Anti-Sodomy Laws Stigmatize All Gays
May 22, 2000
615 W. Lafayette, Detroit, MI 48226
By Deb Price / The Detroit News
When the Rev. Margarita Sanchez testified in the Puerto Rican legislature against an
anti-gay proposal, a hostile legislator demanded to know whether shes a lesbian.
When Sanchez answered yes, she found herself threatened with arrest under the
commonwealths sodomy law, which carries a maximum penalty of 10 years in prison.
Sanchezs experience is but one outrageous example of how sodomy laws are used to
stigmatize all gay Americans as criminals and to impede our progress toward full equality.
Still on the books in 18 states, Puerto Rico and the military, these barbaric restrictions
on private, consensual sex are an international embarrassment to the United States.
"The Commonwealth of Puerto Rico has no business in my bedroom," stresses
Sanchez, a Protestant minister in a long-term relationship.
Sodomy laws which generally apply to everyone, straight or gay rarely
land anyone in prison. Instead, they provide a handy weapon for anti-gay extremists
whenever they want to try to frighten us back into the closet, threaten us with the loss
of child custody or block our legal progress. These laws taint all gays, even those in
states without sodomy laws, and provide the legal and cultural underpinnings of all
With the help of people like Sanchez, these backward laws are headed toward extinction.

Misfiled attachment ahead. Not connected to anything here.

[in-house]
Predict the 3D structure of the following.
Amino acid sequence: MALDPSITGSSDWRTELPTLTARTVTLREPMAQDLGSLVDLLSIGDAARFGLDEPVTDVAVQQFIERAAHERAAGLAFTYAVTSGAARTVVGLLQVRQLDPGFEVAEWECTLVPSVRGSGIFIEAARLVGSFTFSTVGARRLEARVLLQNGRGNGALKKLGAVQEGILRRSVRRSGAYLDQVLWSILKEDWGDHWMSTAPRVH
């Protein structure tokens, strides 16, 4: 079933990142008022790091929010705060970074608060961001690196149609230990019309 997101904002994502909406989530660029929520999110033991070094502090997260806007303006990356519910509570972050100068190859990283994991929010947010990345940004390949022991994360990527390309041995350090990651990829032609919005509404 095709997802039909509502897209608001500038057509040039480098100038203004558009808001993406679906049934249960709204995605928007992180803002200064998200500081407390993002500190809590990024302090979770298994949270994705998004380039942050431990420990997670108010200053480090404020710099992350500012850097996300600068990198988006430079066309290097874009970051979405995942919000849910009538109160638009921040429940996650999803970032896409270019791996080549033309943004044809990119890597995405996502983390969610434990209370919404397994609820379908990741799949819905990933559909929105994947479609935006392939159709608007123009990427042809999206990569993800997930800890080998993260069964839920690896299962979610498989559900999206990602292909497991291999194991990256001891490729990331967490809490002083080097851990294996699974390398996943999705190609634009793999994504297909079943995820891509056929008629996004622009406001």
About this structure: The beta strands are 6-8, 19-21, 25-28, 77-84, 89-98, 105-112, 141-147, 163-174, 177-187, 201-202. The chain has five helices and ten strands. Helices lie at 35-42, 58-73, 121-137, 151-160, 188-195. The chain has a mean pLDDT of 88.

Eight states have gotten rid of them in just the last eight years. Now, a new wave of six
challenges looks promising:
- Puerto Rico: The Court of Appeals is expected to rule shortly on whether the challenge
filed by Sanchez, her partner and four other Puerto Ricans can proceed to trial. A lower
court scoffed at the governments claim that the statutes existence
doesnt harm anyone.
- Texas: Any day now, a state court of appeals will rule in a case involving two men
arrested for having consensual sex at home. The constitutionality of Texas gay-only
sodomy law is being challenged.
- Louisiana: The state Supreme Court recently heard oral arguments over whether it should
strike down the 195-year-old law that makes oral or anal sex a felony punishable by up to
five years in prison.
- Virginia: Police stings in public parks led to gay men being arrested for discussing
oral sex. The arrests opened the door to a broad sodomy law challenge.
- Minnesota: Within weeks, the American Civil Liberties Union will file a suit charging
that the sodomy law violates the state constitutions privacy protections.
- Arkansas: Several gay people, none of whom has been arrested, are challenging their
states same-sex sodomy law for unfairly casting them as criminals. An initial ruling
is expected by fall.
The U.S. Supreme Courts 1986 failure to strike down sodomy laws nationwide has
necessitated todays expensive, state-by-state effort. Five states have same-sex-only
sodomy laws: Arkansas, Kansas, Missouri, Oklahoma and Texas. Sodomy laws apply to everyone
in the military, Puerto Rico and 13 states: Alabama, Arizona, Florida, Idaho, Louisiana,
Massachusetts, Michigan, Minnesota, Mississippi, North Carolina, South Carolina, Utah and
Virginia. (Removing the militarys sodomy ban would take an act of Congress.)
The states with the toughest maximum punishments are Idaho, five years to life;
Massachusetts, 20 years; and Michigan, 15 years for first conviction, life imprisonment
thereafter (which cannot be enforced in Wayne County). Three out of four American adults
have engaged in oral sex, studies have found.
A free country is no place for laws that serve no legitimate purpose. Lets get
them off the books.
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